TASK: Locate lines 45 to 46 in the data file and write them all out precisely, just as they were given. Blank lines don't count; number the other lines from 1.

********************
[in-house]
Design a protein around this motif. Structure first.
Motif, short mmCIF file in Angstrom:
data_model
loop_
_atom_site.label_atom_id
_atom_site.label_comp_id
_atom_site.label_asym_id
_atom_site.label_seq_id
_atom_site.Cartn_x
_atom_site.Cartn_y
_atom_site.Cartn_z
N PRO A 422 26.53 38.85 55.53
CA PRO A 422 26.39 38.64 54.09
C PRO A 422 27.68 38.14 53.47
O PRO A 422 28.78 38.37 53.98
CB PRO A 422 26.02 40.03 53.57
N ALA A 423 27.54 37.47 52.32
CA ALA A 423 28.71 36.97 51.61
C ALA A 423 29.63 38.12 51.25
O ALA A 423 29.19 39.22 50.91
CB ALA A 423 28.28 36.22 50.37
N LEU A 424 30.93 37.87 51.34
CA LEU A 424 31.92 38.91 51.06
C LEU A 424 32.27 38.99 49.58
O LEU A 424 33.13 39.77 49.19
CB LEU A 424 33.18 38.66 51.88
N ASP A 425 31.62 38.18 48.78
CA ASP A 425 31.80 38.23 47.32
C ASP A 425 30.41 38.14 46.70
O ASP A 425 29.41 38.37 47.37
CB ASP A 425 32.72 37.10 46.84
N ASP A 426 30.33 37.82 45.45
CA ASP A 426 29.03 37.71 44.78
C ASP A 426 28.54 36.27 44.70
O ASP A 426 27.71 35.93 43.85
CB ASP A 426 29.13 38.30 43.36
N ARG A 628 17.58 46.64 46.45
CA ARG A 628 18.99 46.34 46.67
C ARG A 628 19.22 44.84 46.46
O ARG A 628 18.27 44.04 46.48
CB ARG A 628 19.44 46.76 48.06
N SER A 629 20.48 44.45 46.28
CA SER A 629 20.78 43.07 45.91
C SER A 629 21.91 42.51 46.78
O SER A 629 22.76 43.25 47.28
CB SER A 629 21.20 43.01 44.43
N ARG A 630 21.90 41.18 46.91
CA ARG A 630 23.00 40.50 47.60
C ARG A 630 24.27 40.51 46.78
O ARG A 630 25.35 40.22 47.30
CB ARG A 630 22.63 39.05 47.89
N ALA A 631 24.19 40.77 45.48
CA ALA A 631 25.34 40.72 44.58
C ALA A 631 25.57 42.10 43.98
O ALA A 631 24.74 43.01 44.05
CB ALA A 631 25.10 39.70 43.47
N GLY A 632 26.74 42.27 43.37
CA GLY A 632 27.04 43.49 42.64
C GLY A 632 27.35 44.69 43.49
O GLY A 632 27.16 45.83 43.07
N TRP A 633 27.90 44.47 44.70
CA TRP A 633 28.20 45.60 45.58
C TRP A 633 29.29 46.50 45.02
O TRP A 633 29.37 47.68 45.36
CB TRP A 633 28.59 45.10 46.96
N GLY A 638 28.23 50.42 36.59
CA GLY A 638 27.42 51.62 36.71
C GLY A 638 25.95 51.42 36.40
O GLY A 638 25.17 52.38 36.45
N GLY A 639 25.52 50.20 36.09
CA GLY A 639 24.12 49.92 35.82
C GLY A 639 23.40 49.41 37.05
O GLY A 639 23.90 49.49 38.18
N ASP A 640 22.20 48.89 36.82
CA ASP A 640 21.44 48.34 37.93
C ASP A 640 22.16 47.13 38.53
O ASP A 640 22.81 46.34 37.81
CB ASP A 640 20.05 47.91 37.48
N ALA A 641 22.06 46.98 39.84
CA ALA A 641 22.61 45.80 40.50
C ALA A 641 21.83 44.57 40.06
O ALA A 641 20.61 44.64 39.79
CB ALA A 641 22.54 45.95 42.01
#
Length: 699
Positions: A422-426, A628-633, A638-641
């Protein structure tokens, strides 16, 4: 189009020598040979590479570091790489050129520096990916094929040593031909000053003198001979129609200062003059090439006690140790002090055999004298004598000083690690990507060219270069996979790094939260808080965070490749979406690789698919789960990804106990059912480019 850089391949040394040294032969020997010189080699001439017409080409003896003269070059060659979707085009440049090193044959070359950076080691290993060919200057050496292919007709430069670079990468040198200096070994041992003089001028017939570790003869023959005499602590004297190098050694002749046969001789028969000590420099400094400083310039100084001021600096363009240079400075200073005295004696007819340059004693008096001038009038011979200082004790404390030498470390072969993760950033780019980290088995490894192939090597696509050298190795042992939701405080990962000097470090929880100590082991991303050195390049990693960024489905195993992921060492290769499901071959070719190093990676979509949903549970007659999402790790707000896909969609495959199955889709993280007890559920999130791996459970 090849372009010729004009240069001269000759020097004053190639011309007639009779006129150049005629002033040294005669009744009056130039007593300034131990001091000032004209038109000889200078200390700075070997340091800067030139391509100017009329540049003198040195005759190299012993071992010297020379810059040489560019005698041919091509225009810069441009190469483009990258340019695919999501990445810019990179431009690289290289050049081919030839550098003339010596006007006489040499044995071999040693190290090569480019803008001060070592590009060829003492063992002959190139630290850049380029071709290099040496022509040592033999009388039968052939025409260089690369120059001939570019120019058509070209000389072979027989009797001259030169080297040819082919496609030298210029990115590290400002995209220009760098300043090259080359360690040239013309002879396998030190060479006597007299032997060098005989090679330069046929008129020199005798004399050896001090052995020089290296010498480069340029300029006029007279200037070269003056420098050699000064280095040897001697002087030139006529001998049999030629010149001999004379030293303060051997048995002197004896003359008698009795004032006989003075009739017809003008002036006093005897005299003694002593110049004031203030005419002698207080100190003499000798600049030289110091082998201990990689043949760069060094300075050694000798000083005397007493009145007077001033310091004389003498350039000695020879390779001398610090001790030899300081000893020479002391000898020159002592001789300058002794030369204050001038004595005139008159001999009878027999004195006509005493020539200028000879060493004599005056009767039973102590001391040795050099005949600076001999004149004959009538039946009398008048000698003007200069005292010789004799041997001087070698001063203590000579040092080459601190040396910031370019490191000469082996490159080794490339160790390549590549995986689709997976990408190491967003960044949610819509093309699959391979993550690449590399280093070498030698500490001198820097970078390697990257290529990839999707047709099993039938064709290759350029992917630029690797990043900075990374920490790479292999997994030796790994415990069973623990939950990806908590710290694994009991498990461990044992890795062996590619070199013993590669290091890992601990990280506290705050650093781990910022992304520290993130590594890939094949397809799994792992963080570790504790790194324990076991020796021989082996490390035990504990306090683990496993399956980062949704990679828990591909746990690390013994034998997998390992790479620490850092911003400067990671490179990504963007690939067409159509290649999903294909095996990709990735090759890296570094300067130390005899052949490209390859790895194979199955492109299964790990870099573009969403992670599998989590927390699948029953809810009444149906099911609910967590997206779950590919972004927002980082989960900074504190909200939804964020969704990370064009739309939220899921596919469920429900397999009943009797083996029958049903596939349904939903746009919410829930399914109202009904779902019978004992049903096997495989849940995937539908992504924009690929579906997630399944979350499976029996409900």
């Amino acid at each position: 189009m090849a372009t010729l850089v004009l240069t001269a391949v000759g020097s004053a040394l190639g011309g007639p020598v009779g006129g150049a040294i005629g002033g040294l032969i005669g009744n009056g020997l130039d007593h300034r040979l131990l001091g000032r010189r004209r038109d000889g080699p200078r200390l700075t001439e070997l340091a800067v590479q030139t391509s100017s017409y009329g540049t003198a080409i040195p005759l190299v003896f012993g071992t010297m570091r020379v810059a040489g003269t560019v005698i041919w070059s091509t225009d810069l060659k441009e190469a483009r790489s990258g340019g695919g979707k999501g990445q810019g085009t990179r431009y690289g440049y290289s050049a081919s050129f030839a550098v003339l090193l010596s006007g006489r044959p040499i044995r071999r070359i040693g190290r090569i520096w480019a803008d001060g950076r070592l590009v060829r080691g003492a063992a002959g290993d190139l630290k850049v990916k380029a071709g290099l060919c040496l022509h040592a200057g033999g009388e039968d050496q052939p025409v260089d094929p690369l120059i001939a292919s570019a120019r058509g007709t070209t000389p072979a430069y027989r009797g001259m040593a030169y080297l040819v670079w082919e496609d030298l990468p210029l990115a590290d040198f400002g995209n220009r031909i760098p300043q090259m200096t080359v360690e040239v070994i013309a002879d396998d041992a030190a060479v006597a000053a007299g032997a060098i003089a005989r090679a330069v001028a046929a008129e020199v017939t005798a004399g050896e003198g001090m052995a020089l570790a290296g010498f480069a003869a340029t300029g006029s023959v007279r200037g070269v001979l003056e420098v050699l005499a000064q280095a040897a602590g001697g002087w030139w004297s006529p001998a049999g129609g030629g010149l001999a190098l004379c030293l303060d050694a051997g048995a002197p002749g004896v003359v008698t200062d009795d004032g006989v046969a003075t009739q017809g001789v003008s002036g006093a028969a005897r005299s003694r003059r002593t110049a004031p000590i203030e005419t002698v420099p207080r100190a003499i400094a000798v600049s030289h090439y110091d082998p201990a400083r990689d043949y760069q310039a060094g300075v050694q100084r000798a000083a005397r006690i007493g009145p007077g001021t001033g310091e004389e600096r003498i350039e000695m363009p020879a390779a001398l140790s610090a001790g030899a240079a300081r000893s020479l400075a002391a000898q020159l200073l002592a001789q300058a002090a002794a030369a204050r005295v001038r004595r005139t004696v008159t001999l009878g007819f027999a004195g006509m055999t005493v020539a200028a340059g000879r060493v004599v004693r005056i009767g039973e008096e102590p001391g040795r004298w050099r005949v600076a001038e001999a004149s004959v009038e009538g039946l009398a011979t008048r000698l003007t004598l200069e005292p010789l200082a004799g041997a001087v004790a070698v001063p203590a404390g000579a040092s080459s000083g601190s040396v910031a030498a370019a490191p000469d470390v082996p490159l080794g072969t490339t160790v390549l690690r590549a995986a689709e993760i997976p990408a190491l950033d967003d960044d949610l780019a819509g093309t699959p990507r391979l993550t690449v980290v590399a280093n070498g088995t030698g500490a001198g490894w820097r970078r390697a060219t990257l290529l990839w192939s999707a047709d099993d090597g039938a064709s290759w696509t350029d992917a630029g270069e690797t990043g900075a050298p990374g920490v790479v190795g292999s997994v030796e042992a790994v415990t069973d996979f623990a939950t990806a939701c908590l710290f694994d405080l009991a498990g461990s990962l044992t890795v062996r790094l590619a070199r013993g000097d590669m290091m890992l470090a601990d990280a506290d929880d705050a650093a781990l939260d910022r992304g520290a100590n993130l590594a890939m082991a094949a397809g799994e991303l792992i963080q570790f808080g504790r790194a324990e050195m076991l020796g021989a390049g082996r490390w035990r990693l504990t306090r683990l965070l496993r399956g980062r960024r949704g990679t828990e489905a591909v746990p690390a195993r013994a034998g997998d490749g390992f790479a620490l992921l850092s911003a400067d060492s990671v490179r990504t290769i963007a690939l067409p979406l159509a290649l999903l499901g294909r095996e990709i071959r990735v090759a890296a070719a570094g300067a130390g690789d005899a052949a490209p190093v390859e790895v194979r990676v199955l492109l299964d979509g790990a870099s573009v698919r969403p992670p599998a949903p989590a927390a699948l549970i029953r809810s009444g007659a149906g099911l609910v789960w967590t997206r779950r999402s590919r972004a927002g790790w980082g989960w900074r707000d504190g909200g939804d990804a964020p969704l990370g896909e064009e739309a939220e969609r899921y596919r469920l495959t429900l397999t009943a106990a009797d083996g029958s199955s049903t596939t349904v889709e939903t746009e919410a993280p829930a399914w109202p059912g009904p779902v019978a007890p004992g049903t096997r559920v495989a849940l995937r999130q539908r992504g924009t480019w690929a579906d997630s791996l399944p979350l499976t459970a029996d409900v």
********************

C SER A 629 21.91 42.51 46.78
O SER A 629 22.76 43.25 47.28